Mapping places and connections
Below is a summary of the main mapping projects that led to development of the Exploring EC1 initiative.
Maps for exploring EC1 Footways
The London Footways project has plotted quiet and interesting routes for walking, and several pass through EC1. I've created maps showing associated places of interest using Google Maps, Maphub and Layers of London. More here about Footways.
All main data for the maps is held in Airtable. I've also create additional information sheets for locations. That make it easy to update related content, without having to edit the main map. More here on how that works.
Maphub is a free/low cost system that offers improvements on marker-based Google My Maps. Click map above to open the EC1 example. More here on Maphub pricing.
Google My Maps
Google Earth virtual tour
Daniel Wilcox has used Google Earth web to create a virtual tour of the Footway from Angel to St Paul's. At each point you can zoom down to a streetview
Layers of London collection
I've used the Layers of London platform - which is based on Humap - to add the same records used on other maps.
Culture Mile is the City of London’s new cultural district, stretching from Farringdon to Moorgate. Led by the City of London Corporation, with the Barbican, Guildhall School of Music & Drama, London Symphony Orchestra and Museum of London, the five partners are together creating a vibrant, creative area in the north-west corner of the Square Mile. More here about Culture Mile.
Culture Mile venues and locations
In 2020 I first used Esri Storymaps to create
a map of the Culture Mile venues used in the Sound Unbound programme
and then a different style of map for Culture Mile locations.
I experimented with adding 360 photos to the venue locations - which means you can easily scroll to see the surroundings.
Click images to open this map and the others
Developing a new Culture Mile map
In 2022 I discovered the Prague-based Mapotic system. It has several advantages:
The category system makes it easy for people to choose their particular interest
It is possible to add comments and ratings to points on the map
People can register to become part of an online community for the map, and then add posts. You can see that in operation in this Swimplaces map.
I used the static map on the Culture Mile website as the basis for a Mapotic map of the main sites around Culture Mile .
It would now be possible to add more sites from the research I did for the maps, above.
In addition I know that the Culture Mile team are discussing how to invite local workers and residents to contribute favourite places and "hidden gems" in the area, as part of a new marketing campaign associated with the proposed Business Improvement District. As part of that process, maybe they could use something like the Create Streets map that I promoted with EC1Echo. More here and below.
The static map on the Culture Mile website, and an interactive map using Mapotic. Sites from past research and crowdsourcing of ideas could be used to build the new map.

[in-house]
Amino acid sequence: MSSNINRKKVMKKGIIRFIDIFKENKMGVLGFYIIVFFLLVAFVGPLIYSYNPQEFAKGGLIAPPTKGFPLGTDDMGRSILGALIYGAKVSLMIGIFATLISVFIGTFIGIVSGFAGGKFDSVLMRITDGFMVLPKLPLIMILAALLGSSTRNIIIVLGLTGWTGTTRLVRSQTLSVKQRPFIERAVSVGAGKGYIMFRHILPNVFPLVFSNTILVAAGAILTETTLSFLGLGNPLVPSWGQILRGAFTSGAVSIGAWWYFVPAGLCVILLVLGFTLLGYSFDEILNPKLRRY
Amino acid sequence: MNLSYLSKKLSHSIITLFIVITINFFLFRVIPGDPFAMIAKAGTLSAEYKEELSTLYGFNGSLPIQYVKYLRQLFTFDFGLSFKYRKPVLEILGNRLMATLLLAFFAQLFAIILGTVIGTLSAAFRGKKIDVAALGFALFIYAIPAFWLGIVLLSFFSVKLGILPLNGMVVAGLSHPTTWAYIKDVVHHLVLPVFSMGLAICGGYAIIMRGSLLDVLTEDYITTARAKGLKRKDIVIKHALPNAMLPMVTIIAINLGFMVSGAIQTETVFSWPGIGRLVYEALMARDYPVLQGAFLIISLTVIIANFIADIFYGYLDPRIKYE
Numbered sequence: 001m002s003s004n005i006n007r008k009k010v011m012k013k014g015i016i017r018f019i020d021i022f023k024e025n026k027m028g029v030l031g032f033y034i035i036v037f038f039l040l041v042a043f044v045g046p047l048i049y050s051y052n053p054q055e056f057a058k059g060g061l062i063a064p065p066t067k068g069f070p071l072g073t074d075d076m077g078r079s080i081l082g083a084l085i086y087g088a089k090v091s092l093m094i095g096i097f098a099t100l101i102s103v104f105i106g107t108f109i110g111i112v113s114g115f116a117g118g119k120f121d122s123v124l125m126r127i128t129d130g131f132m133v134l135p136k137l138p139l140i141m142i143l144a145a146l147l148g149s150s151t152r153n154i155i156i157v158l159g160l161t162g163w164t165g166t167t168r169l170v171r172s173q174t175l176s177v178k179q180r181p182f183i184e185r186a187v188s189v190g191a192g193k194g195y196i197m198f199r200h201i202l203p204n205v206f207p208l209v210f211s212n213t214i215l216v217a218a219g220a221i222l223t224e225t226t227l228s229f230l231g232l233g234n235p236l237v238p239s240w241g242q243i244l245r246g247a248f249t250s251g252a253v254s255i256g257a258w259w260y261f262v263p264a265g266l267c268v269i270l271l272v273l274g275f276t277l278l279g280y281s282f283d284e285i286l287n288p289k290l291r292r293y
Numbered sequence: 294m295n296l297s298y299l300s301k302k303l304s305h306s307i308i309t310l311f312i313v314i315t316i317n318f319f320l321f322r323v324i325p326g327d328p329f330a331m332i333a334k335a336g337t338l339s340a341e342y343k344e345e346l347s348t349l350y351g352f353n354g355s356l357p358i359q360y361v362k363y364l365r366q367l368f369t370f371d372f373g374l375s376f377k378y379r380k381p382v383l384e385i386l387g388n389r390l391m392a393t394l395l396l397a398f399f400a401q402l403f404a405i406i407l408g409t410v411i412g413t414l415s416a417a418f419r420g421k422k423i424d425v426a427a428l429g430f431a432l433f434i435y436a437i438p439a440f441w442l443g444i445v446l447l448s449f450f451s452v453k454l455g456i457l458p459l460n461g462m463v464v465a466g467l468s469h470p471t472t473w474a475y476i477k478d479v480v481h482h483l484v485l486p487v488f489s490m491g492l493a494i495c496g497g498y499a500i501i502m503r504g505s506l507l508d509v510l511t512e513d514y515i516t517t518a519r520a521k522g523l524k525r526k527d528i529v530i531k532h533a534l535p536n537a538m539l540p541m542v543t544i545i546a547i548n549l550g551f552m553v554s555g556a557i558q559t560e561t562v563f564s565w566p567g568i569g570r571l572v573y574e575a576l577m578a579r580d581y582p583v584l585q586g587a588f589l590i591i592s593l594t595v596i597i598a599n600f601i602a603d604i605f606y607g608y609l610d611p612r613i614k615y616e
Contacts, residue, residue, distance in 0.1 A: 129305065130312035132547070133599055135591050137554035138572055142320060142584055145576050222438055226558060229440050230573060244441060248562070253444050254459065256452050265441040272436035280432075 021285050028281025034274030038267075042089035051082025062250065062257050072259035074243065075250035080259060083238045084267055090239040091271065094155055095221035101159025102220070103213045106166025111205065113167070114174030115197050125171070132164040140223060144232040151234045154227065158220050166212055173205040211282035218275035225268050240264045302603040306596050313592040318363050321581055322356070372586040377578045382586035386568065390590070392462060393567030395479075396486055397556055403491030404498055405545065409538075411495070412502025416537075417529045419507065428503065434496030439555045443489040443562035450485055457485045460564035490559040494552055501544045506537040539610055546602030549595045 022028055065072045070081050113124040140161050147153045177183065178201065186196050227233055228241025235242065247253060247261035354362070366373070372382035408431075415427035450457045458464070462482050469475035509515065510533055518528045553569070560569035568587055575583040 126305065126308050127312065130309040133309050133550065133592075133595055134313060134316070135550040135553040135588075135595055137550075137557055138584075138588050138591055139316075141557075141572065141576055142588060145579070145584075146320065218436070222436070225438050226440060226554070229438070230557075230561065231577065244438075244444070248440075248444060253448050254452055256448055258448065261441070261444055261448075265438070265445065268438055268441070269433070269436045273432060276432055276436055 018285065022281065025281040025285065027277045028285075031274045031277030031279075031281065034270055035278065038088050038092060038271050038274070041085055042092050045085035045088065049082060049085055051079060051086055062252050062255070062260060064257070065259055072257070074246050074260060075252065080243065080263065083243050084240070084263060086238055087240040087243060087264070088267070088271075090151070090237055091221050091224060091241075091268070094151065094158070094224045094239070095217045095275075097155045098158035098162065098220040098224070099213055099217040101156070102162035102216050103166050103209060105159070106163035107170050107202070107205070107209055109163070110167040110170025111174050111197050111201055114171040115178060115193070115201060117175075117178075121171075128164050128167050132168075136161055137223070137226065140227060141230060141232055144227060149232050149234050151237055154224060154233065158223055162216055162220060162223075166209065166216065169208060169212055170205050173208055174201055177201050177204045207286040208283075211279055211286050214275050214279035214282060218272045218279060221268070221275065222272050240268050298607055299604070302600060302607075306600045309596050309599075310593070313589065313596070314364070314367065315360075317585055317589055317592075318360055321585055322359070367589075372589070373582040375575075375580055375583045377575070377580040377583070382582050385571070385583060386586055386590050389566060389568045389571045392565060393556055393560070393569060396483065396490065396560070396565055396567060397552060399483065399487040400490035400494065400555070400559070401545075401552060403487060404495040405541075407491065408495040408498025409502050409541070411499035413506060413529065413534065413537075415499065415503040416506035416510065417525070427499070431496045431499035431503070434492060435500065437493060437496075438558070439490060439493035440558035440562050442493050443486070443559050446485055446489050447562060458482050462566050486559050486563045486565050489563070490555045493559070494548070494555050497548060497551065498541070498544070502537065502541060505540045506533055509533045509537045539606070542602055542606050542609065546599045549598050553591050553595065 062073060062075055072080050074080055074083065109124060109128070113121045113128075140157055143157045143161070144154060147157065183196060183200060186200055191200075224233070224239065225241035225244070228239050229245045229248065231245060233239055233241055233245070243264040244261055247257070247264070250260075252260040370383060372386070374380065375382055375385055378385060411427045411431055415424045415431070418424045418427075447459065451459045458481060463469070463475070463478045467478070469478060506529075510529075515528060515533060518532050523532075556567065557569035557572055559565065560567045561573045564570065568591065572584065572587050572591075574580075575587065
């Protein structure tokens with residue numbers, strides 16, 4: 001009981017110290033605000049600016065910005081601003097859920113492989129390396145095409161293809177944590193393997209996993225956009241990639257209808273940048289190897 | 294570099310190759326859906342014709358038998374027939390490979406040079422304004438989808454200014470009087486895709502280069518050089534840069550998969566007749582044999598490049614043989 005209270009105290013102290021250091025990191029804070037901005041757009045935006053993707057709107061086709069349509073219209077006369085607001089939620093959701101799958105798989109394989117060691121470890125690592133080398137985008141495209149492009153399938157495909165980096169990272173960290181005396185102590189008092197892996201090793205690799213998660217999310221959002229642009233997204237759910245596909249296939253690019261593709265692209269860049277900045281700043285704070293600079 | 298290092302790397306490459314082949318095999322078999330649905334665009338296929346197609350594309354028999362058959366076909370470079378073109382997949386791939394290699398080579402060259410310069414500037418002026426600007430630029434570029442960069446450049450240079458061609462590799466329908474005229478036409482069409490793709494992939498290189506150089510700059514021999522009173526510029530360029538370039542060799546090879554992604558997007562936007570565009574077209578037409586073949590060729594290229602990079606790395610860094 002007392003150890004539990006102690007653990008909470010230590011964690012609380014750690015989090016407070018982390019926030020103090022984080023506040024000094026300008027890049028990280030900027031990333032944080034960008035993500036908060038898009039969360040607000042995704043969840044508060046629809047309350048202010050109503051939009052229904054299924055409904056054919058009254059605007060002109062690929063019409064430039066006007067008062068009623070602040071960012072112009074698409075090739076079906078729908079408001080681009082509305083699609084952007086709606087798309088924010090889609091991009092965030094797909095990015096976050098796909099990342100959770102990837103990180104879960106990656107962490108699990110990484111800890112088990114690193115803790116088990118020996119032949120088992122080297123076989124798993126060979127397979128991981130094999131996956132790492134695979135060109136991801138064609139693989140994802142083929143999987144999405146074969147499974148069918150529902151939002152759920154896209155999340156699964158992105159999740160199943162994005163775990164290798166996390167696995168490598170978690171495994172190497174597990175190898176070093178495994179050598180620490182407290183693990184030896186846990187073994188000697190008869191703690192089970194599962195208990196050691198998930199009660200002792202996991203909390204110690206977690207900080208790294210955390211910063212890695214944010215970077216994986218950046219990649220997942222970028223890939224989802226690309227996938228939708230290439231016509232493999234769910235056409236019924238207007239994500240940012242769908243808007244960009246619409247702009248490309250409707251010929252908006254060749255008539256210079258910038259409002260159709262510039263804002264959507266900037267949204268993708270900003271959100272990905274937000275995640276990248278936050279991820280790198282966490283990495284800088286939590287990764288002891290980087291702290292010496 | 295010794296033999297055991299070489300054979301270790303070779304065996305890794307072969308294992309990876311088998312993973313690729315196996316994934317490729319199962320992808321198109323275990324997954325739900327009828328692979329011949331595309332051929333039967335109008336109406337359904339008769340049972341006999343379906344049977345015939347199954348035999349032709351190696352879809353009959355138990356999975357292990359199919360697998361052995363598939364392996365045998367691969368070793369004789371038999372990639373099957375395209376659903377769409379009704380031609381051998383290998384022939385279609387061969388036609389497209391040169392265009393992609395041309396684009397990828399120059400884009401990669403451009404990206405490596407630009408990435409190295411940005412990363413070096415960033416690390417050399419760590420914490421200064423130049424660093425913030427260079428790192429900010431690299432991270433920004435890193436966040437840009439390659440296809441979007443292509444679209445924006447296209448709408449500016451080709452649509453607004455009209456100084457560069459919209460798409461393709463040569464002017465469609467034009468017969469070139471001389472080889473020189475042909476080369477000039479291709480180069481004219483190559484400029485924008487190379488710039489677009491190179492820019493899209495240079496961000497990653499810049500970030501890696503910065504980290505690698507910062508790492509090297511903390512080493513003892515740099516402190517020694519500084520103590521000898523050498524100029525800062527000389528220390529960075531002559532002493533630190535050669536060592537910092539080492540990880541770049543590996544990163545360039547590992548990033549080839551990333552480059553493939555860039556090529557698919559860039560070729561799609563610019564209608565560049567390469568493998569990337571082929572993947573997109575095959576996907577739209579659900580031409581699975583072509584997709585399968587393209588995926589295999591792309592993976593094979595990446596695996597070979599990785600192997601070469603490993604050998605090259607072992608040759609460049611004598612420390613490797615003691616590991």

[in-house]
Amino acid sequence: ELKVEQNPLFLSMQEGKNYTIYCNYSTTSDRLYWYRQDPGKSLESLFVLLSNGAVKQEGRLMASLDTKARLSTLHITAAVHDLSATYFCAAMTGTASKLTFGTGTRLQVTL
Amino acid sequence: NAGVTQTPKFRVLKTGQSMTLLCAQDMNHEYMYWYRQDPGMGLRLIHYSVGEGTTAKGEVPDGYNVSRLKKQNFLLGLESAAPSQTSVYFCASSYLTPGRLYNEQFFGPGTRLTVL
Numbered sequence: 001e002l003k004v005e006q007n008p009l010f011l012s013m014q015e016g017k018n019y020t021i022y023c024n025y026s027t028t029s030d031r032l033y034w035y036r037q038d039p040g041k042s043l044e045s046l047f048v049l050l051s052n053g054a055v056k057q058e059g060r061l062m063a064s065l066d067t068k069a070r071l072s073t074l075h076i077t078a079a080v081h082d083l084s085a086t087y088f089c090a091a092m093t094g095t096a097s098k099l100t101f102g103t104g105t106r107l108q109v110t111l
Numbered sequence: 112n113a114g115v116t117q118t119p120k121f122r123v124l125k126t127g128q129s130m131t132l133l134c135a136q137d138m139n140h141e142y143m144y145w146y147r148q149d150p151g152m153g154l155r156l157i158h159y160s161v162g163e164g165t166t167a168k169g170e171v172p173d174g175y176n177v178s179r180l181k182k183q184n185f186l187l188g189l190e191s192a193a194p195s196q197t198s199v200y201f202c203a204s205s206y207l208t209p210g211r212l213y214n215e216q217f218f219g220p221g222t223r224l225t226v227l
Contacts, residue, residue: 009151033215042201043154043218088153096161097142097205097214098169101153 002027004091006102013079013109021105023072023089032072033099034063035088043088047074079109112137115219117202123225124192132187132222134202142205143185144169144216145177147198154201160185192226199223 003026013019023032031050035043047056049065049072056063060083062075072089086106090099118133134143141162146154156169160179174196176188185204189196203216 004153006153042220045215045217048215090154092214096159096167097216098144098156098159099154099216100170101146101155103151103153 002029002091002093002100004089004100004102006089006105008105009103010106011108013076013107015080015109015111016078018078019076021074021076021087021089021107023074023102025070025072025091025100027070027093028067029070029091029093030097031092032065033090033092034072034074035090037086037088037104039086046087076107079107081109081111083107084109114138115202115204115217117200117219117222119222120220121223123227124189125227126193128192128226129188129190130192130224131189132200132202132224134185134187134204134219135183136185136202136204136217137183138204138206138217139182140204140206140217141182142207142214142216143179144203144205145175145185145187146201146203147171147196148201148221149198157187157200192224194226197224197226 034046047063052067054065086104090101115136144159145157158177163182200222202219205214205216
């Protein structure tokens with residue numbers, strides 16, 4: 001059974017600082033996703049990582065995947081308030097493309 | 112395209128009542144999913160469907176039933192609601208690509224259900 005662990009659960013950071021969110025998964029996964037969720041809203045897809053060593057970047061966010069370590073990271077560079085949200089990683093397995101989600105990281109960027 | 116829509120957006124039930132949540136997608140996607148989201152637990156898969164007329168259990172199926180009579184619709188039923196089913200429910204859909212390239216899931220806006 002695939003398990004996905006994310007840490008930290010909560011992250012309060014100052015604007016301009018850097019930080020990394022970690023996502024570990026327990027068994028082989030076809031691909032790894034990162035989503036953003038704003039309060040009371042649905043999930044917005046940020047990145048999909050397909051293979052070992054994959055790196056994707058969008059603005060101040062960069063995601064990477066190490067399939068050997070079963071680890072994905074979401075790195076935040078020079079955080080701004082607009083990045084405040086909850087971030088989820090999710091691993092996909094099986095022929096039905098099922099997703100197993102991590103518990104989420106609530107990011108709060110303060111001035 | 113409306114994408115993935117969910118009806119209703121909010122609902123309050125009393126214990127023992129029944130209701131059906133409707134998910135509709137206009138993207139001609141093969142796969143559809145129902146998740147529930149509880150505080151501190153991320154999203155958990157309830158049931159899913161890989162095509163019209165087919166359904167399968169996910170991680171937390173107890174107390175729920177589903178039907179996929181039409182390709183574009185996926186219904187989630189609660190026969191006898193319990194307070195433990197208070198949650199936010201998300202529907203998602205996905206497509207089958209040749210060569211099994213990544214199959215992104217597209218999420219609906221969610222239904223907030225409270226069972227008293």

Earlier mapping projects
Since 2015 I've explored, with Drew Mackie and Barbara Brayshay, the use of geographic and network maps to help residents and others find out more about what's happening in their area, share ideas and information, and collaborate on improvements.
Overall the aim has been to experiment with different tools for gathering and displaying information about places, organisations and people. Put more grandly, it's about revealing the physical and social ecosystems of neighbourhoods. More here on that.
From 2015-2019 work was partly through the Networked City initiative, and partly through two local projects, one in Clerkenwell, and one in Thames Ward, Barking. I later developed maps in Clerkenwell, Farringdon and Smithfield. More on EC1 below.
The idea of developing maps for EC1 started with some work in 2018 for the Clerkenwell Peel Institute, where Drew Mackie and I explored the use of both network and geographic maps to support what later became the Connecting Clerkenwell initiative. I also met up with Mike Franks, who I had helped, back in 1977, secure funding for a heritage trail. More here, in the EC1 Echo, together with the idea of Clerkenwell Commons.
Clerkenwell Commons site and maps
Inspired by Mike’s ideas for Clerkenwell Commons, I set up this site, which includes:
A version of the Clerkenwell Commons trail, with 360 photos, using an Esri classic storymap - see below
A Google Earth flyover, created by my son Dan
A gallery of trail content, using Airtable - below
I've also used the Humap system to create a map - see left. Humap is a sophisticated storymapping system used for the Layers of London project. Click map on the left to open the EC1 example. More here for Humap examples.
Mapping Urban Wild Places
Further north in Islington, in 2020 Drew Mackie and I worked with Octopus Communities, a network of community centres, to develop maps and stories about their Urban Wild Places and We Can Grow projects to support community gardens. The aim was to show, for an evaluation report, how work on the projects had yielded both environmental benefits and new networks of social connections.
We set up a simple Google sites website to host:
Stories about gardens, using photos, audio and video
Create Streets interactive maps
In 2020 I worked with Create Streets in Thames Ward and EC1 to set up versions of their mapping system which enabled people, very simply, to highlight problems or opportunities for improvement (Thames Ward) or favourite places (EC1).